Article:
# Get distribution for aggregate loss using Monte Carlo

I am given two data sets containing dates and losses (in some currency).

Given a distribution for the amount of losses and an (a,b,0) distribution for frequency of losses, how can I use Monte Carlo simulations to get a distribution for aggregate losses?

The papers and books I see online seem to state how to simulate aggregate losses* (by simulating # of losses and losses given such #), but how do I come up with a distribution given all that data?

There's this book I found "Operational Risk with Excel and VBA". It describes the procedure and ends with the mean, standard deviation and other moment stuff. Is that sufficient to describe the distribution of aggregate losses?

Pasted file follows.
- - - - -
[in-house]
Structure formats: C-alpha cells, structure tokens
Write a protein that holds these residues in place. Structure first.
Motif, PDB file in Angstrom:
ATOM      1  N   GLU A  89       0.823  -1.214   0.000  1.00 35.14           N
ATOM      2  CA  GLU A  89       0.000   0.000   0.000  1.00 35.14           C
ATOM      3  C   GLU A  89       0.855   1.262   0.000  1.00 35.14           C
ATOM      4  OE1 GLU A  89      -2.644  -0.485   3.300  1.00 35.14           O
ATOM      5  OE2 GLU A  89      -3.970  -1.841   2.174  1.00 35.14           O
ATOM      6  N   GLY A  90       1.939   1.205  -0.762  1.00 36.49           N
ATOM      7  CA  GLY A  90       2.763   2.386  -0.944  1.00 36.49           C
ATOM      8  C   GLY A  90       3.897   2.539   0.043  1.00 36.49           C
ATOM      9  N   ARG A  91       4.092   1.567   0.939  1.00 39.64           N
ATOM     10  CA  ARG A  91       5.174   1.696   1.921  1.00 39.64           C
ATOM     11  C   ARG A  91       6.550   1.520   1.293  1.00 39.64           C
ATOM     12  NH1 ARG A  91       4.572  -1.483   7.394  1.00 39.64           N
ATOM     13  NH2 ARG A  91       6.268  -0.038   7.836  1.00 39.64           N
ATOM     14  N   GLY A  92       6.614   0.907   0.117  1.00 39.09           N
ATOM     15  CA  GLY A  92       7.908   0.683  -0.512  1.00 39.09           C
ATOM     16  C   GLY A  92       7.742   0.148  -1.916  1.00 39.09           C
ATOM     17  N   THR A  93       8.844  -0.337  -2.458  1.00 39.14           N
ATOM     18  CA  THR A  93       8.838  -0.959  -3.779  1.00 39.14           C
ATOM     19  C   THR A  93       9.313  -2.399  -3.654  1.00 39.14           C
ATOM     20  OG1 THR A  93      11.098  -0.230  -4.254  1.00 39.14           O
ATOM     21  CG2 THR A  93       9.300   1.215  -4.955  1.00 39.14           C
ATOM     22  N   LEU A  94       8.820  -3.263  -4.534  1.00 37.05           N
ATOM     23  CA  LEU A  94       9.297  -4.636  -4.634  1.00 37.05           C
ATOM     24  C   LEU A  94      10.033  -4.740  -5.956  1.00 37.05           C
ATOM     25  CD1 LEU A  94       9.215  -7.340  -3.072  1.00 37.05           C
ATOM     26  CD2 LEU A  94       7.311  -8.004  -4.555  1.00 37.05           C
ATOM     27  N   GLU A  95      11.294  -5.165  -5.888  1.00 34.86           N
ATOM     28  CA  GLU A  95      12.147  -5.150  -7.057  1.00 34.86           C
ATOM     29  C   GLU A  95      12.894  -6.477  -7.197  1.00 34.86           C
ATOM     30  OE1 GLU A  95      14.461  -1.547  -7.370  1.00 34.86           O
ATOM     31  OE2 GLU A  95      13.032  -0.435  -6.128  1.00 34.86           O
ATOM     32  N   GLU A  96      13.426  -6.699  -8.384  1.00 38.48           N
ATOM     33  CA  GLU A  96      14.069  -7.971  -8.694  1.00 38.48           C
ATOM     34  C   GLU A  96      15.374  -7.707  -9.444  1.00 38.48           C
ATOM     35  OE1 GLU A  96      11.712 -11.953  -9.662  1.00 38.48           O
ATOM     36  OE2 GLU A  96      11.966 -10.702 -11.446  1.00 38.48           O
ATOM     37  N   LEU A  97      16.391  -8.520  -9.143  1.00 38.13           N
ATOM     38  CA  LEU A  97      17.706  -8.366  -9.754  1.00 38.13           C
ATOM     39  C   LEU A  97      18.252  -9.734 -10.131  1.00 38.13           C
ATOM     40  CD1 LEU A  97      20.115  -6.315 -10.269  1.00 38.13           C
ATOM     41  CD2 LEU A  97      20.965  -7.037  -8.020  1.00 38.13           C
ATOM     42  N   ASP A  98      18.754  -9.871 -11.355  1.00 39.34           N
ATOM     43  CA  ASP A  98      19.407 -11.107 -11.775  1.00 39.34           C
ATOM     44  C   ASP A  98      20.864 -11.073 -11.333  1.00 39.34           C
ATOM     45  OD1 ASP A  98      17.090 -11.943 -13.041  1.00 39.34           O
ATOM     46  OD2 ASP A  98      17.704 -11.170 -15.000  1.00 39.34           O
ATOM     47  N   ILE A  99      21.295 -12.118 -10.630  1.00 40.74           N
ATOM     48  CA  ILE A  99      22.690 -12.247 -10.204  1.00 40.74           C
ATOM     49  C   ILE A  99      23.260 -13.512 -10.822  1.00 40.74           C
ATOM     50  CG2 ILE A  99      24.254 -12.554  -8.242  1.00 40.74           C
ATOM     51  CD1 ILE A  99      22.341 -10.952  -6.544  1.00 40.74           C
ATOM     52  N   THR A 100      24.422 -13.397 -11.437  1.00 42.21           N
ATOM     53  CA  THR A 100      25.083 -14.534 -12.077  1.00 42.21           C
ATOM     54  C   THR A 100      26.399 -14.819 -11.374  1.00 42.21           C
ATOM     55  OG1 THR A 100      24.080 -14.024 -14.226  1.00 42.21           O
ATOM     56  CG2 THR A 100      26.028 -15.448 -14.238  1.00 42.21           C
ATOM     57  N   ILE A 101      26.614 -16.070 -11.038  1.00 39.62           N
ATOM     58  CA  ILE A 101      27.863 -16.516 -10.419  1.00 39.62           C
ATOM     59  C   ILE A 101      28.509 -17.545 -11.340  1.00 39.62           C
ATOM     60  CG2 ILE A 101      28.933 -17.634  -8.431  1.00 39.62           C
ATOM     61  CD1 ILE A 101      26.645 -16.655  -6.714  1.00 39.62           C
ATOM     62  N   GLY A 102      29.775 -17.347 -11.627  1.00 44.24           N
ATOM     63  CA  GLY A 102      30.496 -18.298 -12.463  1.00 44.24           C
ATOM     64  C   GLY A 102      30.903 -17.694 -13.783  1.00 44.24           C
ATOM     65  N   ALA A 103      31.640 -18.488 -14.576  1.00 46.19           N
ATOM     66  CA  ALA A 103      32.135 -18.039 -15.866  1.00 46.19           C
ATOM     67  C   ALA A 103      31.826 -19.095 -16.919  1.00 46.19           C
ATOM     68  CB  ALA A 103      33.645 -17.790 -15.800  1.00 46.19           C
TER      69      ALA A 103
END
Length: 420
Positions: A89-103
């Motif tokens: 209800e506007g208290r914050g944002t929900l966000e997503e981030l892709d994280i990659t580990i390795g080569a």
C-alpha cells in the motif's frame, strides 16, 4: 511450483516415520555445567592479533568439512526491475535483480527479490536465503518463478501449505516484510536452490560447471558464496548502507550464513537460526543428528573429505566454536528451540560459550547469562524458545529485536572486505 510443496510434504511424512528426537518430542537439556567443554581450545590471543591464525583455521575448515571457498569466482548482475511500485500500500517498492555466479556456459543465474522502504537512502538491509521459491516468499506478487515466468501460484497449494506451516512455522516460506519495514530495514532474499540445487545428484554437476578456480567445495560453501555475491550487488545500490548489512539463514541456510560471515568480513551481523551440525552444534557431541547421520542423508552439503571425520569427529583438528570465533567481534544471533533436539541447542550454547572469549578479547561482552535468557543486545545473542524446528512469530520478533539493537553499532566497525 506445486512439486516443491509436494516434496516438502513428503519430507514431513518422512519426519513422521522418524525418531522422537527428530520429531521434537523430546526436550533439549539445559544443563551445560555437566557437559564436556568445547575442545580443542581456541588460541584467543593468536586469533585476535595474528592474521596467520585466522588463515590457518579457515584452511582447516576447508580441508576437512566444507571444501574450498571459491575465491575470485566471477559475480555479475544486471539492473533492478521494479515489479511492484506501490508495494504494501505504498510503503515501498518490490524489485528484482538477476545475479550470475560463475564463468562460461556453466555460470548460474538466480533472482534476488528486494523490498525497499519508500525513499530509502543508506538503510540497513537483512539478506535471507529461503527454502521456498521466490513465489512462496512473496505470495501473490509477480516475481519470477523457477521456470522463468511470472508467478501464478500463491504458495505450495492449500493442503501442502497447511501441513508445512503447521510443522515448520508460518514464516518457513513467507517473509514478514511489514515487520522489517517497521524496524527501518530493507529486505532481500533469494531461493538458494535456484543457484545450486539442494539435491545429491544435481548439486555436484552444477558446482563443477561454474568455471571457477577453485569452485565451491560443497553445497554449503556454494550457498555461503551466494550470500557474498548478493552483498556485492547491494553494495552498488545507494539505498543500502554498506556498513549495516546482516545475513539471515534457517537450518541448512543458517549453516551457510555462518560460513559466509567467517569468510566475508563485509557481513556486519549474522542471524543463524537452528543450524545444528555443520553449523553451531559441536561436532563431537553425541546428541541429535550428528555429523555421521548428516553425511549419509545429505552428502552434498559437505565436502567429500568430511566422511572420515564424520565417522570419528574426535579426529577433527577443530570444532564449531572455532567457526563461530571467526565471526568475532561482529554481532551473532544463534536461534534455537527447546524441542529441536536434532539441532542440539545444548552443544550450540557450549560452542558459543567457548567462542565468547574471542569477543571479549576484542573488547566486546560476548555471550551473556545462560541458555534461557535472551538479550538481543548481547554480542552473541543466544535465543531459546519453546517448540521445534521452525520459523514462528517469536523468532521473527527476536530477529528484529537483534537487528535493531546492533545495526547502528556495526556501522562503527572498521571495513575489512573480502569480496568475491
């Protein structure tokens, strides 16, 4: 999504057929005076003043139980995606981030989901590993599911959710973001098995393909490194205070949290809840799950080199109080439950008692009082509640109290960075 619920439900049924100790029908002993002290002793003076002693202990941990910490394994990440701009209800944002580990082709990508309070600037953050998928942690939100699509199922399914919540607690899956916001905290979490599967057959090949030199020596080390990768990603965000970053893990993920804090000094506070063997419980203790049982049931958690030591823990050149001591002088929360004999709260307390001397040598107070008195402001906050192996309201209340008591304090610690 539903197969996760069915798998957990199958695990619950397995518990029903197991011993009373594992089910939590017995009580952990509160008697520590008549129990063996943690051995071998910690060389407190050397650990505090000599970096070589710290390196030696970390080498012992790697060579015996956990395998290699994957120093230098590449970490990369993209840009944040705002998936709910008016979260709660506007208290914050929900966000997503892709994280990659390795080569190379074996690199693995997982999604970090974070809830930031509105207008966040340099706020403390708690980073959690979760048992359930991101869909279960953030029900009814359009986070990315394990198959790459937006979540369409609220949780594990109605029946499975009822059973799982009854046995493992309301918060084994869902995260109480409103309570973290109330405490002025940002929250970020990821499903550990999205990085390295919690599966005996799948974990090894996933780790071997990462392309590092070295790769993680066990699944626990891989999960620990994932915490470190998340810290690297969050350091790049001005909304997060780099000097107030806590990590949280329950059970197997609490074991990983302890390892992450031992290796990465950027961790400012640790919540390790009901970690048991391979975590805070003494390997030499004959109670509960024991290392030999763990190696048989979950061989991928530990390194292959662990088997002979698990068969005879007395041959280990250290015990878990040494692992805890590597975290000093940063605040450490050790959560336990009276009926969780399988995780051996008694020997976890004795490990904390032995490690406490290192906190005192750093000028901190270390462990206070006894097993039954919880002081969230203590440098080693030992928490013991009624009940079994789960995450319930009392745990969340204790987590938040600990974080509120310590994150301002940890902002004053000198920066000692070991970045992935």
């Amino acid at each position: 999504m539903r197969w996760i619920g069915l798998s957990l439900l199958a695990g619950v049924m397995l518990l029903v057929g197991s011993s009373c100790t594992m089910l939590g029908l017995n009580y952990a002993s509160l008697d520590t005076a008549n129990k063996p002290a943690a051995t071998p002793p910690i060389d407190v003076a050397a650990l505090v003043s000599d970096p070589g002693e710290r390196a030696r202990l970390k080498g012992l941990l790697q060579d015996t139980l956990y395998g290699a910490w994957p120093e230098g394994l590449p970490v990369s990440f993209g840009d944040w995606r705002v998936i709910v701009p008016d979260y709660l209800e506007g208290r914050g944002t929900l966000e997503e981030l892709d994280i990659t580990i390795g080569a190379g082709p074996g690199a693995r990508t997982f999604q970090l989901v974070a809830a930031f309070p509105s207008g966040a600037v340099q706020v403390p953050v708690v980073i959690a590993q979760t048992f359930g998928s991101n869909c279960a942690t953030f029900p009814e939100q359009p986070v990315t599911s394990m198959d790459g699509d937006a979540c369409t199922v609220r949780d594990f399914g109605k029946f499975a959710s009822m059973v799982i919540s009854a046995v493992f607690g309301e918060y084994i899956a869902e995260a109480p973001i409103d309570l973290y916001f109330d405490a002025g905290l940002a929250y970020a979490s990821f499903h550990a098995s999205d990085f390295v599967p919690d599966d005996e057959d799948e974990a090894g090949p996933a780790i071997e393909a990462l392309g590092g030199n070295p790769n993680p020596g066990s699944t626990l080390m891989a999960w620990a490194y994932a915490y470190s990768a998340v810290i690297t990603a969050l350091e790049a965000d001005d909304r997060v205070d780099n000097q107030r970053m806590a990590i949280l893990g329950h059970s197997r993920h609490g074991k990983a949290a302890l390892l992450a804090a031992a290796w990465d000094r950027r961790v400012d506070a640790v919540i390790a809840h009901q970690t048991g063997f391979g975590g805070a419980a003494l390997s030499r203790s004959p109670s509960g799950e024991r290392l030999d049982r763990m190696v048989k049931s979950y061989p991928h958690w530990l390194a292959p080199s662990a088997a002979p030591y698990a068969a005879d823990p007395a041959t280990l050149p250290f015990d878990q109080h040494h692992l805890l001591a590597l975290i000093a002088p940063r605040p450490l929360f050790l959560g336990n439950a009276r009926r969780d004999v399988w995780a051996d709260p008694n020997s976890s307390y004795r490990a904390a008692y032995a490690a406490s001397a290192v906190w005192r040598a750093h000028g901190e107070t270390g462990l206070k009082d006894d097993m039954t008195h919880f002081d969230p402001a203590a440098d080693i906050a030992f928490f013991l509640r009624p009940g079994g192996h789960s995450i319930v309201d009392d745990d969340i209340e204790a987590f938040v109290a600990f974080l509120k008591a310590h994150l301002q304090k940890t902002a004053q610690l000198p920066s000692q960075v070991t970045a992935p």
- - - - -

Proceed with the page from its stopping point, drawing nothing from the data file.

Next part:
*Elaboration: Aggregate losses is a sum of IID RVs distributed either with loglogistic or k-point mixture with a random number of terms N, with an (a,b,0) distribution. The only kinds of (a,b,0) distributions are Poisson, Binomial and Negative Binomial

• what is an (a,b,0) distribution? you need to provide more details about the statistics aspects of your question. Feb 6, 2015 at 7:37
• @Xi'an it is a probability distribution that satisfies a certain equation. The only distributions that satisfy such are Poisson, binomial and negative binomial
– BCLC
Feb 6, 2015 at 8:36
• BCLC Most people probably won't be familiar with $(a,b,0)$ distributions unless they've seen Panjer recursion (which I expect most people here won't have). For the curious, see Wikipedia's page on the class, here. Feb 6, 2015 at 9:42